Advanced Search
MyIDEAS: Login to save this paper or follow this series

How is Economic Hardship Avoided by Those Retiring Before the Social Security Entitlement Age?

Contents:

Author Info

  • Kevin S. Milligan

Abstract

Governments around the world are reacting to extended lifespans and troubled pension finances by increasing the age of retirement benefit entitlement. One concern that arises is how those who are not working before reaching entitlement age are able to bridge their consumption to the age of entitlement. This paper studies those who retire before the age of full pension entitlement in the United States using data drawn from the Health and Retirement Study. The major finding is that four out of five people who have zero earnings at pre-entitlement ages are able to find a way to lift their incomes over the poverty line. For men, pension and annuity income is important while for women, spousal income helps most to get them over the line. Reaching the early retirement entitlement age at 62 also has a significant impact on poverty avoidance.

Download Info

If you experience problems downloading a file, check if you have the proper application to view it first. In case of further problems read the IDEAS help page. Note that these files are not on the IDEAS site. Please be patient as the files may be large.
File URL: http://www.nber.org/papers/w18051.pdf
Download Restriction: Access to the full text is generally limited to series subscribers, however if the top level domain of the client browser is in a developing country or transition economy free access is provided. More information about subscriptions and free access is available at http://www.nber.org/wwphelp.html. Free access is also available to older working papers.

As the access to this document is restricted, you may want to look for a different version under "Related research" (further below) or search for a different version of it.

Bibliographic Info

Paper provided by National Bureau of Economic Research, Inc in its series NBER Working Papers with number 18051.

as in new window
Length:
Date of creation: May 2012
Date of revision:
Publication status: published as "How is hardship avoided by those retiring before the Social Security entitlement age?" Journal of Pension Economics and Finance, forthcoming.
Handle: RePEc:nbr:nberwo:18051

Note: AG
Contact details of provider:
Postal: National Bureau of Economic Research, 1050 Massachusetts Avenue Cambridge, MA 02138, U.S.A.
Phone: 617-868-3900
Email:
Web page: http://www.nber.org
More information through EDIRC

Related research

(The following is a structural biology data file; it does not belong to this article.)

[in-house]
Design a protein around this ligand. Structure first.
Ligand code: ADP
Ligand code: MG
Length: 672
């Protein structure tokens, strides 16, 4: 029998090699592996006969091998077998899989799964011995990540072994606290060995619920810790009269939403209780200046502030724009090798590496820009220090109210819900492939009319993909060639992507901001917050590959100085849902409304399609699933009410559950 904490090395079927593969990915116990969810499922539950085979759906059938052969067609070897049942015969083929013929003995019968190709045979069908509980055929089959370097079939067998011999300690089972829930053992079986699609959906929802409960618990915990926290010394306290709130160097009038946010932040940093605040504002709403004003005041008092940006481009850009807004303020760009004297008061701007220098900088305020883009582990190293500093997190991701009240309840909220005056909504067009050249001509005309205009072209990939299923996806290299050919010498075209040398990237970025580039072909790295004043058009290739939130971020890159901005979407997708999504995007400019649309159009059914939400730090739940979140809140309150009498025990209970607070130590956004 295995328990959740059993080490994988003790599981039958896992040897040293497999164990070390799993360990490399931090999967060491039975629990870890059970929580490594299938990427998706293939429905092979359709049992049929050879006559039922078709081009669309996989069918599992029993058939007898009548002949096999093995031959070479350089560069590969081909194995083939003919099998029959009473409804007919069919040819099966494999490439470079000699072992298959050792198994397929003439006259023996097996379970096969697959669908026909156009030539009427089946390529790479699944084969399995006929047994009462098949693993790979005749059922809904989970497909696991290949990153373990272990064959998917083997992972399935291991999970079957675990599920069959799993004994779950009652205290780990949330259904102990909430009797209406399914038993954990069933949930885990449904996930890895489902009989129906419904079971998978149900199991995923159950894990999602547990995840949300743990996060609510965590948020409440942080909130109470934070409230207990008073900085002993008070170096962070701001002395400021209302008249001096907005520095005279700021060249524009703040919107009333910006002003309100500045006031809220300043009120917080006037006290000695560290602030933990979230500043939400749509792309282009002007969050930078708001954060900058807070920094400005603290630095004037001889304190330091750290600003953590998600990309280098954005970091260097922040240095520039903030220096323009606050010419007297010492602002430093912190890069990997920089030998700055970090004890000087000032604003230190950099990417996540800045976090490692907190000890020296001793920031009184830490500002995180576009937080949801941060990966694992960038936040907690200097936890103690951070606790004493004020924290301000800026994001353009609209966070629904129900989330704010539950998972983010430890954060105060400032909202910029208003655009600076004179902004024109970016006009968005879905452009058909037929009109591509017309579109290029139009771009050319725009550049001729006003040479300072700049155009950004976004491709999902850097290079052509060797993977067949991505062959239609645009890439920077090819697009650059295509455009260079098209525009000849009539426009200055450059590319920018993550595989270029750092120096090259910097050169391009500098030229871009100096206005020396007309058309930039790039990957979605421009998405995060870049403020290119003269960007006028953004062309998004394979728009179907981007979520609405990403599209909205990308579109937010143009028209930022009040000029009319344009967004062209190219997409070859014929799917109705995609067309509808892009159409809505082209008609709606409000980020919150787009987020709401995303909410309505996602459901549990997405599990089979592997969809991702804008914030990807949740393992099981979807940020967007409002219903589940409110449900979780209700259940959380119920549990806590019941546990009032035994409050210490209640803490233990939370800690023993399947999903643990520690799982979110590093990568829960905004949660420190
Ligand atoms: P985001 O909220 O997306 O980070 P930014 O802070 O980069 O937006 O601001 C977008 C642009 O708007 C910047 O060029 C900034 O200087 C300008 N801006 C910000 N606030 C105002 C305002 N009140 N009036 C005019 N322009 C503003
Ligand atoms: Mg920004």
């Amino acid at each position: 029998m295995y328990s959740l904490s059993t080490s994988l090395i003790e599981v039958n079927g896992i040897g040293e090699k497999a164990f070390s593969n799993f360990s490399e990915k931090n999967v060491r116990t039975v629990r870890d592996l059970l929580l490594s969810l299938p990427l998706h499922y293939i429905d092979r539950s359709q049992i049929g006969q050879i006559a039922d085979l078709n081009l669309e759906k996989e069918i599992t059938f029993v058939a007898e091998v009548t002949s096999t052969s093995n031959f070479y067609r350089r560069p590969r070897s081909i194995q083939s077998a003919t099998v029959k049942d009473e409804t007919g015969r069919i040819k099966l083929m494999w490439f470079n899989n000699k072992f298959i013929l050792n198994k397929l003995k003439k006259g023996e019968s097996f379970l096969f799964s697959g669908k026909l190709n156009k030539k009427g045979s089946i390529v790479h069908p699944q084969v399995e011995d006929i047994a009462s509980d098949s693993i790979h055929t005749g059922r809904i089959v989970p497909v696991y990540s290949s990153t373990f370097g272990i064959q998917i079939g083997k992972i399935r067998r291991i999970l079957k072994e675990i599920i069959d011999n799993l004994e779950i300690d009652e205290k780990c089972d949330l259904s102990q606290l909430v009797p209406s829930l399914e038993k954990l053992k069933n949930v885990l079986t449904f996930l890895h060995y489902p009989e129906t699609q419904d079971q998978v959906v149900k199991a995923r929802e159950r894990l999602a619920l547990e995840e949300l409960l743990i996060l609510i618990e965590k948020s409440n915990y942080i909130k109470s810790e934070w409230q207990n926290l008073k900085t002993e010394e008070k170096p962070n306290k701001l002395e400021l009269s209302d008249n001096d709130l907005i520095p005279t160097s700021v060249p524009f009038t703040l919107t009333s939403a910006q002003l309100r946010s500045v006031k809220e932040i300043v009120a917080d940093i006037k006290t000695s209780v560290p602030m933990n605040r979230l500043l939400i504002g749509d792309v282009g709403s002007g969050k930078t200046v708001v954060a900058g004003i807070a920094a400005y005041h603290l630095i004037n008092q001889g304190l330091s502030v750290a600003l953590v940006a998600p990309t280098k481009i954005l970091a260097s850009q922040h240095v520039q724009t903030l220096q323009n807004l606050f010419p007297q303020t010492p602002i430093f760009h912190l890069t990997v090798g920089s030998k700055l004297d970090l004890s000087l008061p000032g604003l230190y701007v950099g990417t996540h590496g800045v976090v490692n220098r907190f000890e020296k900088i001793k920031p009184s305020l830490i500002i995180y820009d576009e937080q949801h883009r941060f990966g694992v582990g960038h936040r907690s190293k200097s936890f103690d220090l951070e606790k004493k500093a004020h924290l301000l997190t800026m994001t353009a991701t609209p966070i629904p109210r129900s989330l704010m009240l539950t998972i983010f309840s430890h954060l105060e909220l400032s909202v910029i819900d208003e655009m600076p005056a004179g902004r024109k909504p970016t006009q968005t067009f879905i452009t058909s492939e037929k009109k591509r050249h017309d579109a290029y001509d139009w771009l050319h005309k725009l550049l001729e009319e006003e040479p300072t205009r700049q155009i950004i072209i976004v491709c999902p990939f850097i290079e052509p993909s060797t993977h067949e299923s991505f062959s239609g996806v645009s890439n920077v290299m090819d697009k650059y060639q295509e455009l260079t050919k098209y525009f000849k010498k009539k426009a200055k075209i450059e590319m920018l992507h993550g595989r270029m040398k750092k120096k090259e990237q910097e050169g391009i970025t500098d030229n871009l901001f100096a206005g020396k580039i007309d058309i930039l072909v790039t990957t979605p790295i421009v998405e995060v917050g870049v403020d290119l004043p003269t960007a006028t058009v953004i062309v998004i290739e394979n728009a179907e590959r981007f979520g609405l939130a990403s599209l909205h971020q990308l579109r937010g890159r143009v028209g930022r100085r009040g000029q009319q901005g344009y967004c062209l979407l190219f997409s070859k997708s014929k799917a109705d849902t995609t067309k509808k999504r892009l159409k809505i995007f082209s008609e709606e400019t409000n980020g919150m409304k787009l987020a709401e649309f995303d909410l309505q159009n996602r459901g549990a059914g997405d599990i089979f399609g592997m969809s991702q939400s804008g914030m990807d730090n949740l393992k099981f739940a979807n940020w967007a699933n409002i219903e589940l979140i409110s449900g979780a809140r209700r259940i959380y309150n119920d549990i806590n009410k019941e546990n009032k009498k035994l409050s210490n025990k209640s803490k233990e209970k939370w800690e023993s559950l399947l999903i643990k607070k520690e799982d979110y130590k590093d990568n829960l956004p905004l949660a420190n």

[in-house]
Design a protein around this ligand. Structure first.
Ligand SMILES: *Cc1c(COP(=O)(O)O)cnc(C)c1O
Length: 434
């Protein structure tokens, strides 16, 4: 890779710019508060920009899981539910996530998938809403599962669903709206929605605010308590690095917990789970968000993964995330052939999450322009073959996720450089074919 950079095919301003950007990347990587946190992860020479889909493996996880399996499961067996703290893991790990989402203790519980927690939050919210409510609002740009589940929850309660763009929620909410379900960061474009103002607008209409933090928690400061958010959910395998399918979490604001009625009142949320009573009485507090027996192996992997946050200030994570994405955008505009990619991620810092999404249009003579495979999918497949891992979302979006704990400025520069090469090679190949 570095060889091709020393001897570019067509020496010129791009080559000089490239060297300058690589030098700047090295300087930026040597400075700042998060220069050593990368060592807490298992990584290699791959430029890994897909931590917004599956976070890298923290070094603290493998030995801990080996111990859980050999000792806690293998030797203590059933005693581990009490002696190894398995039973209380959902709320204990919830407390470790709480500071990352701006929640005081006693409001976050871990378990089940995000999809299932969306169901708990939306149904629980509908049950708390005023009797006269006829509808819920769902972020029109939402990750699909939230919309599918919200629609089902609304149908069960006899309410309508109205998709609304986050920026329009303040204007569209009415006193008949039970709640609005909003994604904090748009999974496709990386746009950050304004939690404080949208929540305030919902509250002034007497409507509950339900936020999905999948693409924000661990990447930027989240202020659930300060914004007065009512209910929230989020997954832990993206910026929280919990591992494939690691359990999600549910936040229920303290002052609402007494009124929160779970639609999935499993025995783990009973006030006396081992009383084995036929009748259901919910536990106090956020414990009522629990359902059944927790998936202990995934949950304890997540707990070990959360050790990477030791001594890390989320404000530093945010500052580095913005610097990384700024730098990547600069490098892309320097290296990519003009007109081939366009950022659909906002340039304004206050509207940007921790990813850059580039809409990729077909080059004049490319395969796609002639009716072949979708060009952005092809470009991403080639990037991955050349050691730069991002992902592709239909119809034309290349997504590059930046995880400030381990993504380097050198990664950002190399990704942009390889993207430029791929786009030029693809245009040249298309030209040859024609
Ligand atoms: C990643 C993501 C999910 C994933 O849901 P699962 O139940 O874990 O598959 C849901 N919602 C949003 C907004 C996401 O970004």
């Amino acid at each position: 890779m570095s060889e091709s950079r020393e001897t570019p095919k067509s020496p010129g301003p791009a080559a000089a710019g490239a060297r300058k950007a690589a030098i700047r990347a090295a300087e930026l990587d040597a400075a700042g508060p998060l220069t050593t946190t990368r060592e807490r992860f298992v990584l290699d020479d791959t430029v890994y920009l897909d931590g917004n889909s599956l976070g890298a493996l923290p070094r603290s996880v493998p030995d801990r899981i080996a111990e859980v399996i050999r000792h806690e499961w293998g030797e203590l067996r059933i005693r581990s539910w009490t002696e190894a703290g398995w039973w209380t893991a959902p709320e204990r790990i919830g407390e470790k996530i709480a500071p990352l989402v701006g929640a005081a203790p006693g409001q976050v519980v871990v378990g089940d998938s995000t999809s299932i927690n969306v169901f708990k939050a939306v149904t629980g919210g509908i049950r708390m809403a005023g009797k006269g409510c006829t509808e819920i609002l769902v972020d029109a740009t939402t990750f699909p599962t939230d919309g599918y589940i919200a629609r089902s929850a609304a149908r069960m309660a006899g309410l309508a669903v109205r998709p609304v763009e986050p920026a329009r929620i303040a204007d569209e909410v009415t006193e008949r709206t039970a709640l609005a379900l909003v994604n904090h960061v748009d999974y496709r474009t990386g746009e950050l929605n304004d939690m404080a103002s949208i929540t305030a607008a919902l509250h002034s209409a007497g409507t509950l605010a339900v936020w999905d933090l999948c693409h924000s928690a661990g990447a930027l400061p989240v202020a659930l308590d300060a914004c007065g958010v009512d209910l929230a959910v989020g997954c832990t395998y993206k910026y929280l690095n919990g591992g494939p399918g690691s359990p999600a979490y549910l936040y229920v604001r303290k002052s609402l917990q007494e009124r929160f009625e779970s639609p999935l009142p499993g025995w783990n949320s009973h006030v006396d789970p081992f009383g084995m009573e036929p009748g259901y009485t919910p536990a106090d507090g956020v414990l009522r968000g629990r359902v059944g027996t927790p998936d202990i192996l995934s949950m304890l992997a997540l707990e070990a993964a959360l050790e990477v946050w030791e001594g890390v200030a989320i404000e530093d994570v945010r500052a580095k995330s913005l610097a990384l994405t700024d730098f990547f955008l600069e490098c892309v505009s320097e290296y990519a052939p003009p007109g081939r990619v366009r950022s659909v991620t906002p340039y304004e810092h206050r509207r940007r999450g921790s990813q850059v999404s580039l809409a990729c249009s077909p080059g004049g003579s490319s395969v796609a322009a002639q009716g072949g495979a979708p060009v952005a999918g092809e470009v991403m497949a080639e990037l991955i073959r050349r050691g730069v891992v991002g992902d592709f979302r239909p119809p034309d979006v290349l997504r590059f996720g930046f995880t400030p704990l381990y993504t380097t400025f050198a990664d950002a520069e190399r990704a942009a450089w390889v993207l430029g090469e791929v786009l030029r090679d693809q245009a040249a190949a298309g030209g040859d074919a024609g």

Keywords:

Find related papers by JEL classification:

This paper has been announced in the following NEP Reports:

References

References listed on IDEAS
Please report citation or reference errors to , or , if you are the registered author of the cited work, log in to your RePEc Author Service profile, click on "citations" and make appropriate adjustments.:
as in new window
  1. Jeff Borland, 2005. "Transitions to Retirement: A Review," Melbourne Institute Working Paper Series, Melbourne Institute of Applied Economic and Social Research, The University of Melbourne wp2005n03, Melbourne Institute of Applied Economic and Social Research, The University of Melbourne.
  2. Richard W. Johnson & Gordon B.T. Mermin, 2009. "Financial Hardship Before and After Social Security's Early Eligibility Age," Working Papers, Center for Retirement Research at Boston College wp2009-8, Center for Retirement Research, revised Mar 2009.
  3. Michael Baker & Jonathan Gruber & Kevin S. Milligan, 2009. "Retirement Income Security and Well-Being in Canada," NBER Working Papers 14667, National Bureau of Economic Research, Inc.
  4. Gary V. Engelhardt & Jonathan Gruber, 2004. "Social Security and the Evolution of Elderly Poverty," NBER Working Papers 10466, National Bureau of Economic Research, Inc.
  5. Kevin Milligan, 2008. "The Evolution of Elderly Poverty in Canada," Canadian Public Policy, University of Toronto Press, University of Toronto Press, vol. 34(s1), pages 79-94, November.
  6. Frank T. Denton & Byron G. Spencer, 2008. "What Is Retirement? A Review and Assessment of Alternative Concepts and Measures," Quantitative Studies in Economics and Population Research Reports, McMaster University 427, McMaster University.
Full references (including those not matched with items on IDEAS)

Citations

Citations are extracted by the CitEc Project, subscribe to its RSS feed for this item.
as in new window

Cited by:
  1. Giorgio Brunello & Monica Langella, 2013. "Bridge jobs in Europe," IZA Journal of Labor Policy, Springer, Springer, vol. 2(1), pages 1-18, December.

Lists

This item is not listed on Wikipedia, on a reading list or among the top items on IDEAS.

Statistics

Access and download statistics

Corrections

When requesting a correction, please mention this item's handle: RePEc:nbr:nberwo:18051. See general information about how to correct material in RePEc.

For technical questions regarding this item, or to correct its authors, title, abstract, bibliographic or download information, contact: ().

If you have authored this item and are not yet registered with RePEc, we encourage you to do it here. This allows to link your profile to this item. It also allows you to accept potential citations to this item that we are uncertain about.

If references are entirely missing, you can add them using this form.

If the full references list an item that is present in RePEc, but the system did not link to it, you can help with this form.

If you know of missing items citing this one, you can help us creating those links by adding the relevant references in the same way as above, for each refering item. If you are a registered author of this item, you may also want to check the "citations" tab in your profile, as there may be some citations waiting for confirmation.

Please note that corrections may take a couple of weeks to filter through the various RePEc services.